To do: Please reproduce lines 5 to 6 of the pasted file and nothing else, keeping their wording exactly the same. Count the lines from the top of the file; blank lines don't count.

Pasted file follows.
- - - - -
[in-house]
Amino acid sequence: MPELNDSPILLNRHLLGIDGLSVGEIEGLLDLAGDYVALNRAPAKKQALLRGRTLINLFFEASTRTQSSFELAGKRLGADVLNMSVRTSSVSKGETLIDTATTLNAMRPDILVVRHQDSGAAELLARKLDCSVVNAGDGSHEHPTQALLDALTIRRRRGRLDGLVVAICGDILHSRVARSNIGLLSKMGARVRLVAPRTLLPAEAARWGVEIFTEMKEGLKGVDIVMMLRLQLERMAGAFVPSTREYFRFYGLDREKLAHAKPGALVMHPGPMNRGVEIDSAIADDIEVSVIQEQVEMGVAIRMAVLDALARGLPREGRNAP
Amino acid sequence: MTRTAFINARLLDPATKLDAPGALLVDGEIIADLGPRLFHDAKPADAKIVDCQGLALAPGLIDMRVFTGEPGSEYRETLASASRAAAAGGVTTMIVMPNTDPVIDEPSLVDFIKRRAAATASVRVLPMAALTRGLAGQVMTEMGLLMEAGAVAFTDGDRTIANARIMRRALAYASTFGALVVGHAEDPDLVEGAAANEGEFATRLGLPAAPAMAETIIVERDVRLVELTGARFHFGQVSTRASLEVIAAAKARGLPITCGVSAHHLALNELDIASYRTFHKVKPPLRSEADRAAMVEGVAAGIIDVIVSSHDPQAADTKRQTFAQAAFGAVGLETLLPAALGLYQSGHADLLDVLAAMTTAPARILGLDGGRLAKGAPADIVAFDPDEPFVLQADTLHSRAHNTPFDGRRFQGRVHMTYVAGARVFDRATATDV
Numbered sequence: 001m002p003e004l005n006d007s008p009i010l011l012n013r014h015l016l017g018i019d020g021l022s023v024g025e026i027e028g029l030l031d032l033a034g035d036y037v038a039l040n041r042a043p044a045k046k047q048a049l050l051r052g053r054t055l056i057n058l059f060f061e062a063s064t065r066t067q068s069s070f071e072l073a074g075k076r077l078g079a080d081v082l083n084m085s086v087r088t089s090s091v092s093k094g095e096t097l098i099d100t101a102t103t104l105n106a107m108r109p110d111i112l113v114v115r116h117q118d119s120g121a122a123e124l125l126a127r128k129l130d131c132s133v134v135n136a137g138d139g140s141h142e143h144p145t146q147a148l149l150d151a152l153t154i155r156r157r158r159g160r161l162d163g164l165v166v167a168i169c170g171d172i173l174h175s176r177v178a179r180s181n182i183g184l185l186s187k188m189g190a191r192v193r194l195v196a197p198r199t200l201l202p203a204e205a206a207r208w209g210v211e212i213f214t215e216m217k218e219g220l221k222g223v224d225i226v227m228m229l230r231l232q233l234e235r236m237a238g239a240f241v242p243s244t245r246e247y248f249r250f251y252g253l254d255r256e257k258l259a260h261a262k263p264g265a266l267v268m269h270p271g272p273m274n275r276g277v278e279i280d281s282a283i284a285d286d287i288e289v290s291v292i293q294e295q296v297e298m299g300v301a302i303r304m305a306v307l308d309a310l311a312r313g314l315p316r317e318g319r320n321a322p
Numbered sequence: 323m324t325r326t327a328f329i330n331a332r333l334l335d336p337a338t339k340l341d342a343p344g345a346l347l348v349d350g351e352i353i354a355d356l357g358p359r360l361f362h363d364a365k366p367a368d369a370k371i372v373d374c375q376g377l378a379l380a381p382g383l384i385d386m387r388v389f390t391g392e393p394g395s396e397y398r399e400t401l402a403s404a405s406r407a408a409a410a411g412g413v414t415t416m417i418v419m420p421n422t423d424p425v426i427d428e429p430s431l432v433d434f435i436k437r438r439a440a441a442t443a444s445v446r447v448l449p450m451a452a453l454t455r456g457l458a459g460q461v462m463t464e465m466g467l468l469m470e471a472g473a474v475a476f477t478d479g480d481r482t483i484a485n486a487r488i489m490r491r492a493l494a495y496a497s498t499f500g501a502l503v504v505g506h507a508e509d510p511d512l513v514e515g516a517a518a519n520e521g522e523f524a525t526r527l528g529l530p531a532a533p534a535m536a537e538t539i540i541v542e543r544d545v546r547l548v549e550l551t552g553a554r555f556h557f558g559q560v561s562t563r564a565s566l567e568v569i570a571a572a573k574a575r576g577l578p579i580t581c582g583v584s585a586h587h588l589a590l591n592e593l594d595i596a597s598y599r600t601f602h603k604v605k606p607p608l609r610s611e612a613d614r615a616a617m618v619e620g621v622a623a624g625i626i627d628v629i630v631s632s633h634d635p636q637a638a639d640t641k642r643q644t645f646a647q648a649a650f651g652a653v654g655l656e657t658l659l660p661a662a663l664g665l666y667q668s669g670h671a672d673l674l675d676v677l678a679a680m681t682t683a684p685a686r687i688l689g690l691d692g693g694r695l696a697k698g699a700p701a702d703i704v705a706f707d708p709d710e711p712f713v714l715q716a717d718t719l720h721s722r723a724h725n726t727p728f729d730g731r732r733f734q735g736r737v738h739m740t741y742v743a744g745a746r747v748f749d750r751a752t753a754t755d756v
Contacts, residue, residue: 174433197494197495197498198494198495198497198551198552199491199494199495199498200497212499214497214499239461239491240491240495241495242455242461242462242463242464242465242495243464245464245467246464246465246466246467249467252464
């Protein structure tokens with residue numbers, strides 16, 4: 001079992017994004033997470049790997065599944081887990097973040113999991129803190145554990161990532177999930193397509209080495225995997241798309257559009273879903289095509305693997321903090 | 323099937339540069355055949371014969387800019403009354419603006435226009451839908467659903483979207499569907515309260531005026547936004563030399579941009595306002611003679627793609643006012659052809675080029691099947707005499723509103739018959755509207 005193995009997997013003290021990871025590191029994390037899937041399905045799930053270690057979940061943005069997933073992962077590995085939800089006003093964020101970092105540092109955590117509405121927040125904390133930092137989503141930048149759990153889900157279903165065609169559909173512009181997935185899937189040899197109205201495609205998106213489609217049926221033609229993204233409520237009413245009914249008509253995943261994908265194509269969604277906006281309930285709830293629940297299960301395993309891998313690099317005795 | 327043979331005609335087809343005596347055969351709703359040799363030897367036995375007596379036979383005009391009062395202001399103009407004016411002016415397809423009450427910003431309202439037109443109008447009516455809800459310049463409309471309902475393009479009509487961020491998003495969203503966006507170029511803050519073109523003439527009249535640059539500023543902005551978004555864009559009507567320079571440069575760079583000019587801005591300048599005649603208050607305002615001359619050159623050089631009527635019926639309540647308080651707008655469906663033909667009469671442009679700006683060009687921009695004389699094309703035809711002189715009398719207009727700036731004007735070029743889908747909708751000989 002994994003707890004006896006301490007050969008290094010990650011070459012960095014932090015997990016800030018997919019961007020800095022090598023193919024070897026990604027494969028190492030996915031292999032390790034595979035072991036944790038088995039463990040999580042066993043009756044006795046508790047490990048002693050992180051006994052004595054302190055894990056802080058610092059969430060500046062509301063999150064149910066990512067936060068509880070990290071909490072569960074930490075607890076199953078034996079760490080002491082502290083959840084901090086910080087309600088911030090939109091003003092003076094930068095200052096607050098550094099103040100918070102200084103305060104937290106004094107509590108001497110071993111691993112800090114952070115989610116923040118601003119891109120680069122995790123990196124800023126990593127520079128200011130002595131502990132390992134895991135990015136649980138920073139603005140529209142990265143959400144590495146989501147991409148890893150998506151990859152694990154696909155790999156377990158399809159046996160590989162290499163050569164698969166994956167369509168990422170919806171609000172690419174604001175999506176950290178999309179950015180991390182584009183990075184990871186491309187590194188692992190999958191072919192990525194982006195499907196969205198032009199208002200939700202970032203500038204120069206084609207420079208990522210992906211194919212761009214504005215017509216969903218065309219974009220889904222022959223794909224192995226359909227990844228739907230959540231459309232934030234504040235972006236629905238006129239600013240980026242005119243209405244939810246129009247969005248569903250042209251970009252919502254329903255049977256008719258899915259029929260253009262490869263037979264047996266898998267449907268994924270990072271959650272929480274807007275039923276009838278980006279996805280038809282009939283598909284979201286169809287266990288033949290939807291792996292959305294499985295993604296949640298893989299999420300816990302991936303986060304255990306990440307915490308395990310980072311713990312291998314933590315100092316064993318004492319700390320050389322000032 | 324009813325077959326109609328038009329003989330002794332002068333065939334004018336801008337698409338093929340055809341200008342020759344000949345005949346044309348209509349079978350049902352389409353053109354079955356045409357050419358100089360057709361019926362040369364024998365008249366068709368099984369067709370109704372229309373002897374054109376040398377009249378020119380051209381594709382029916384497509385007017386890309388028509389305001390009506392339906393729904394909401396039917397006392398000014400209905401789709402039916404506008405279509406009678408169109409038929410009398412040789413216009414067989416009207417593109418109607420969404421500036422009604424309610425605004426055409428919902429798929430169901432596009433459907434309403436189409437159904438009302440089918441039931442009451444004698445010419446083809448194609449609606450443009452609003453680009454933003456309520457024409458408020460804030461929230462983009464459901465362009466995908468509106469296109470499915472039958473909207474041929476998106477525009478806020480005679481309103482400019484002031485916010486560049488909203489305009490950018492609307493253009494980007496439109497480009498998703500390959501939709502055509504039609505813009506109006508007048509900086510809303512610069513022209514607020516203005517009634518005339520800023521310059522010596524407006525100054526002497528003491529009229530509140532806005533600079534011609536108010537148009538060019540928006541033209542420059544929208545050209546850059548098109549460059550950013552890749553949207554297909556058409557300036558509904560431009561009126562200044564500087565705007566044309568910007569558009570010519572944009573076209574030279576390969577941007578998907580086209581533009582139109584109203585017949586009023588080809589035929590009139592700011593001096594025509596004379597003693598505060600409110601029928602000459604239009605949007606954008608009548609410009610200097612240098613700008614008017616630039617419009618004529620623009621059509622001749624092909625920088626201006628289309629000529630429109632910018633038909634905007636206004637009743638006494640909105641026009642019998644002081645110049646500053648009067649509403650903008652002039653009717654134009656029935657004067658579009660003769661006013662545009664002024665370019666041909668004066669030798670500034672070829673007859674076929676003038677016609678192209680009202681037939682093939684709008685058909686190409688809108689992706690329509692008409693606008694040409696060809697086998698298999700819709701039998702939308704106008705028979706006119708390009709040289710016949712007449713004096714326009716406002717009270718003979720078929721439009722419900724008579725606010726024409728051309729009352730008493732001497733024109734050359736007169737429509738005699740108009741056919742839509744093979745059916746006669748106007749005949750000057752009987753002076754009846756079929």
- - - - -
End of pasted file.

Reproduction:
Numbered sequence: 323m324t325r326t327a328f329i330n331a332r333l334l335d336p337a338t339k340l341d342a343p344g345a346l347l348v349d350g351e352i353i354a355d356l357g358p359r360l361f362h363d364a365k366p367a368d369a370k371i372v373d374c375q376g377l378a379l380a381p382g383l384i385d386m387r388v389f390t391g392e393p394g395s396e397y398r399e400t401l402a403s404a405s406r407a408a409a410a411g412g413v414t415t416m417i418v419m420p421n422t423d424p425v426i427d428e429p430s431l432v433d434f435i436k437r438r439a440a441a442t443a444s445v446r447v448l449p450m451a452a453l454t455r456g457l458a459g460q461v462m463t464e465m466g467l468l469m470e471a472g473a474v475a476f477t478d479g480d481r482t483i484a485n486a487r488i489m490r491r492a493l494a495y496a497s498t499f500g501a502l503v504v505g506h507a508e509d510p511d512l513v514e515g516a517a518a519n520e521g522e523f524a525t526r527l528g529l530p531a532a533p534a535m536a537e538t539i540i541v542e543r544d545v546r547l548v549e550l551t552g553a554r555f556h557f558g559q560v561s562t563r564a565s566l567e568v569i570a571a572a573k574a575r576g577l578p579i580t581c582g583v584s585a586h587h588l589a590l591n592e593l594d595i596a597s598y599r600t601f602h603k604v605k606p607p608l609r610s611e612a613d614r615a616a617m618v619e620g621v622a623a624g625i626i627d628v629i630v631s632s633h634d635p636q637a638a639d640t641k642r643q644t645f646a647q648a649a650f651g652a653v654g655l656e657t658l659l660p661a662a663l664g665l666y667q668s669g670h671a672d673l674l675d676v677l678a679a680m681t682t683a684p685a686r687i688l689g690l691d692g693g694r695l696a697k698g699a700p701a702d703i704v705a706f707d708p709d710e711p712f713v714l715q716a717d718t719l720h721s722r723a724h725n726t727p728f729d730g731r732r733f734q735g736r737v738h739m740t741y742v743a744g745a746r747v748f749d750r751a752t753a754t755d756v
Contacts, residue, residue: 174433197494197495197498198494198495198497198551198552199491199494199495199498200497212499214497214499239461239491240491240495241495242455242461242462242463242464242465242495243464245464245467246464246465246466246467249467252464